One thing I have learned in my career in HR is there’s only so much that matters. The trouble is most people stepping into their first CHRO role don’t have a natural feel for what that actually is.
The fault is not theirs. Corporate dynamics don’t encourage focus: they foster a politically correct bias for action. In most organizations, this bias becomes an obsession that doesn’t necessarily get anyone closer to results. I admit I was often a sinner in this respect. Excitable, high-energy, and ambitious, I would eagerly take on this and that, running at warp speed, tackling many things at once.
I have no doubt that my impact as a CHRO would have been significantly greater had I distinguished this “action obsession” earlier in my career and strategically focused my attention, time, and energy on driving company performance. What I lacked, without knowing it, was a framework for discriminating the imperative from the nonessential.
I offer the following three inquiries to new CHROs as a framework for navigating their role. While there are no wrong answers, some will drive more impact than others.
3 QUESTIONS FOR NAVIGATING THE C-SUITE
1. How do you relate to your company’s purpose?
By purpose, I mean why your company exists.
It is not wise to arrive in the boardroom and immediately start telling your new C-suite colleagues what that purpose is, could be, or even should be. However, it is prudent for you to listen and learn from them. While the purpose itself does not need to be breathtakingly noble to be relevant to the company’s customers, it needs to be clearly expressed and applied.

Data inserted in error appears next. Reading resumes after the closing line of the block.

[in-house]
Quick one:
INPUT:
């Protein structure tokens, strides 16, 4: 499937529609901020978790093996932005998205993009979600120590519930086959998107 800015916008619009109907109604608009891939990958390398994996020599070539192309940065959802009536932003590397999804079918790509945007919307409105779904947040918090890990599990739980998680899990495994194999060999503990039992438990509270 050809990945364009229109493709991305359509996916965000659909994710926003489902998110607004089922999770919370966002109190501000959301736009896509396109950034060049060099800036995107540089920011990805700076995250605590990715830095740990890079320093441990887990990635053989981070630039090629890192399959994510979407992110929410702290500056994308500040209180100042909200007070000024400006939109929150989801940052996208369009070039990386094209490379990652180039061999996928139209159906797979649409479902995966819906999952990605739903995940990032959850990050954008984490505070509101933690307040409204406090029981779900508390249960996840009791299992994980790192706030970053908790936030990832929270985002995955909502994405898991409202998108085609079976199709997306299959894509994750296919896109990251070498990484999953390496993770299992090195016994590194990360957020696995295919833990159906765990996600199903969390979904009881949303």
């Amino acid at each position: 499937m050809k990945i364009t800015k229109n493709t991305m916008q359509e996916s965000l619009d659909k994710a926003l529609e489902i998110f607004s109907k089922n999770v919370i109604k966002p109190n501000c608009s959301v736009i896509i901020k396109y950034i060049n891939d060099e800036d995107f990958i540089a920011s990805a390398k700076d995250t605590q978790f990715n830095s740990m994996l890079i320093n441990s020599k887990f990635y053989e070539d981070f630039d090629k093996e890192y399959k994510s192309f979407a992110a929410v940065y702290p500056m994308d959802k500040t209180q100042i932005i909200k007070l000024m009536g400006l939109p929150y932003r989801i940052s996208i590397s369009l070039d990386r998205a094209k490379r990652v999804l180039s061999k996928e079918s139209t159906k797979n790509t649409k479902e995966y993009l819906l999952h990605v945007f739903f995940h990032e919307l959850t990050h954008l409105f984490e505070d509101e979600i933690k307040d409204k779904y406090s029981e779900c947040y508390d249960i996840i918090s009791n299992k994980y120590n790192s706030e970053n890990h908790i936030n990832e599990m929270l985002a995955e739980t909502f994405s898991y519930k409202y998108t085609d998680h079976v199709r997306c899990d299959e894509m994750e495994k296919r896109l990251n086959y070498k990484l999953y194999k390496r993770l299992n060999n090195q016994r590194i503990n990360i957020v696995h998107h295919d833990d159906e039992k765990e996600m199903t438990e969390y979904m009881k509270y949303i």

Sometimes there are several different reasons for an enterprise to be. That complexity can inadvertently complicate thinking at the executive level about strategies and priorities. In this case, you can bring two things to the conversation. First, a call for clarification when the purpose is “muddy” or vague. And second, your relatively fresh, expert perspective on priorities that are currently underway. Moving forward, relate to the enterprise’s purpose as a North Star to help keep you and your fellow C-suite members on the straight and narrow, choosing the imperative over the nonessential and avoiding counter-productive diversions and unnecessary conflict.
2. How do you relate to the interests of your fellow C-suite members?
Conflict at the executive table can be terribly destructive or wonderfully constructive.
I will never forget what Sir Geoffrey Allen, Research & Engineering Director at Unilever, shared with us in a meeting when I was with the company. His observations of post-WWII senior management were to the point: “If they did to the competition what they do to each other, they’d be unbeatable.” Rather than recreate this in your company, when anyone goes off on a tangent, don’t immediately attack. Instead, aim to maintain your long-term relationship.
• Select your battles and sequence them. Not everything is equally important. And not everything can be done at the same time.
• Speak with the intention of increasing the impact of your fellow C-suite member. As Amy Edmondson, author of The Fearless Organization, would say, speak because you care more about the customer, the patient, or the quality of the work than your ego. Say what you think without being obnoxious or directly challenging. Trust your peers will appreciate such radical candor.*
• Consistently link your comments to company performance. Share what you observe are the consequences of your peer’s perspective and choices before offering them alternatives. The more actionable your feedback is, the more impact it can have.